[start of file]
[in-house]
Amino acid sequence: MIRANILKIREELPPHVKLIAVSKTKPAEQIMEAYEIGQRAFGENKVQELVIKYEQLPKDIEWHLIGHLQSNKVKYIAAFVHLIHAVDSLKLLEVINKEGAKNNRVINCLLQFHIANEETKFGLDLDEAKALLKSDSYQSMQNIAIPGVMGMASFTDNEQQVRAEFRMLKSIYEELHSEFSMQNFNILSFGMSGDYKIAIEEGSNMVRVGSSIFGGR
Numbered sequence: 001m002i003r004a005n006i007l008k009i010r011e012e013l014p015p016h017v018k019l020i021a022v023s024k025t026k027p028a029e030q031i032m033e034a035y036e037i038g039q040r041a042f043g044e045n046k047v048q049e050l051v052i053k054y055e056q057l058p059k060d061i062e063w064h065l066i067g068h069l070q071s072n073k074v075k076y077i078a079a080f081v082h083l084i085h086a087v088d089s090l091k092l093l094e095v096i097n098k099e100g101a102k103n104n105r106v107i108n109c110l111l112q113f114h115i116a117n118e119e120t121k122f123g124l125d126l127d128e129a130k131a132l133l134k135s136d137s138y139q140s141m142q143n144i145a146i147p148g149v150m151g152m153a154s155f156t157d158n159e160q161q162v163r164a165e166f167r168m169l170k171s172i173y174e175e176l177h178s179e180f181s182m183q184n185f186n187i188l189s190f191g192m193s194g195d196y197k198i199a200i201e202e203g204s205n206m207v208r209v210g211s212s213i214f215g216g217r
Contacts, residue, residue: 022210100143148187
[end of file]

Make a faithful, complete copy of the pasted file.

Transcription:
[in-house]
Amino acid sequence: MIRANILKIREELPPHVKLIAVSKTKPAEQIMEAYEIGQRAFGENKVQELVIKYEQLPKDIEWHLIGHLQSNKVKYIAAFVHLIHAVDSLKLLEVINKEGAKNNRVINCLLQFHIANEETKFGLDLDEAKALLKSDSYQSMQNIAIPGVMGMASFTDNEQQVRAEFRMLKSIYEELHSEFSMQNFNILSFGMSGDYKIAIEEGSNMVRVGSSIFGGR
Numbered sequence: 001m002i003r004a005n006i007l008k009i010r011e012e013l014p015p016h017v018k019l020i021a022v023s024k025t026k027p028a029e030q031i032m033e034a035y036e037i038g039q040r041a042f043g044e045n046k047v048q049e050l051v052i053k054y055e056q057l058p059k060d061i062e063w064h065l066i067g068h069l070q071s072n073k074v075k076y077i078a079a080f081v082h083l084i085h086a087v088d089s090l091k092l093l094e095v096i097n098k099e100g101a102k103n104n105r106v107i108n109c110l111l112q113f114h115i116a117n118e119e120t121k122f123g124l125d126l127d128e129a130k131a132l133l134k135s136d137s138y139q140s141m142q143n144i145a146i147p148g149v150m151g152m153a154s155f156t157d158n159e160q161q162v163r164a165e166f167r168m169l170k171s172i173y174e175e176l177h178s179e180f181s182m183q184n185f186n187i188l189s190f191g192m193s194g195d196y197k198i199a200i201e202e203g204s205n206m207v208r209v210g211s212s213i214f215g216g217r
Contacts, residue, residue: 022210100143148187